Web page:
A report of the lecture by Sarah Fink (UBC) is available at this link.
When: 4:30 pm, Monday, October 7, 2019
Venue: UBC Geography Building, Room 229
This lecture will focus on one particular strand of thought in the history of Buddhism. Often neglected by scholars and even deemed to be non-Buddhist, the idea of universal buddhahood unfolded enormous influence throughout the history of Buddhism. The concept that all living beings have buddha-nature has its beginning in the early centuries of the common era in India. Its impact was crucial for the spread of Buddhism in Asia.
Direct forerunners of the idea that all living beings have buddha-nature are the Lotus Sutra and parts of the Avataṁsaka (華嚴經). The lecture will discuss how the concept of buddha-nature came into existence, what kind of factors were crucial for this development, and how the idea was described in its earliest literature. Recent years have seen a fresh and unexpected re-arrangement of the early history of buddha-nature thought. These new developments will also be presented and evaluated.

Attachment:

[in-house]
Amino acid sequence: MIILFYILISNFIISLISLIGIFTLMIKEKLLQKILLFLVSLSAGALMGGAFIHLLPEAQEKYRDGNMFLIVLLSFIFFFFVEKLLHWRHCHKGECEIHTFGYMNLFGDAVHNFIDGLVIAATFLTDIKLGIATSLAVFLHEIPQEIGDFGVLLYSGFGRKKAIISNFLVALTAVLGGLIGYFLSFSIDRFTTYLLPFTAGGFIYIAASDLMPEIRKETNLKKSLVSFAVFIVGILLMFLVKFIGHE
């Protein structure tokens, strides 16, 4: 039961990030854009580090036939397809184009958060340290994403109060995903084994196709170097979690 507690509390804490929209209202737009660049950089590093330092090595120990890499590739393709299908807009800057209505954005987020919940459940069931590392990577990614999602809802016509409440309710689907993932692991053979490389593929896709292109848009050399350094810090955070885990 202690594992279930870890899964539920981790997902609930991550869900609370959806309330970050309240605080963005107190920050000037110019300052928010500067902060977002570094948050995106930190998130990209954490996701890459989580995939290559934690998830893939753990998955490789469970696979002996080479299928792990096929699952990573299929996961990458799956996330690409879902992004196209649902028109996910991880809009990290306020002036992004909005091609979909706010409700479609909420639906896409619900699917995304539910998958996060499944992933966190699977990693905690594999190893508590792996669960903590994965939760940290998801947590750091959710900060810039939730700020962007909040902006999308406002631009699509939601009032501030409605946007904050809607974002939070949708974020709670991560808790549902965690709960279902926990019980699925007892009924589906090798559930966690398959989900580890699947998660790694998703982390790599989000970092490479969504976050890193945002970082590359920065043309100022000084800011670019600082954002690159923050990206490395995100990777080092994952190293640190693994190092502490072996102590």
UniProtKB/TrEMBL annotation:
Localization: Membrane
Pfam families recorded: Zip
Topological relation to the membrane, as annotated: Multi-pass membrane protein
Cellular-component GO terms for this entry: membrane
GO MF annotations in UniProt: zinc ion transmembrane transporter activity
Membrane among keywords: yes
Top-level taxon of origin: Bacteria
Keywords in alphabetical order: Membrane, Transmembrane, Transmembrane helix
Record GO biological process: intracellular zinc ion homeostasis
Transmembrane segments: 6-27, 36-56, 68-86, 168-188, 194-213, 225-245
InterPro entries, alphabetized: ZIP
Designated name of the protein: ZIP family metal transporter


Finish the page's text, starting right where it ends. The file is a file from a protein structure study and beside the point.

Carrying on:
About the Speaker:
Michael Zimmermann studied Classical Indology, Tibetology and Japanology at the University of Hamburg and earned his doctorate with a thesis on the origin of the teaching of buddha-nature in India. He spent several years at universities in Kyoto and Tokyo and later worked in a Manuscript Project of the German Research Foundation (DFG) in Hamburg and Kathmandu. After four years at Stanford University, in 2007 he became professor for Indian Buddhism at the Asien-Afrika-Institut of the University of Hamburg, one of Europe’s largest research institutions dealing with the languages and cultures of Asia.
His research focus is Indian Mahayana Buddhism in all its forms of expression, but in particular its textual history based on the canonical traditions in India, Tibet and China. Other interests are the relation of Buddhism to statecraft and the developments in contemporary Buddhist traditions in East and West. Zimmermann teaches in the Department of Indian and Tibetan Studies and co-directs the Numata Center for Buddhist Studies at Hamburg University, an institutional hub promoting teaching, research, dialogue, academic exchange and public outreach. For more information see www.buddhismuskunde.uni-hamburg.de
This guest lecture will be presented in English. This event is free and open to the public, but pre-registration is preferred.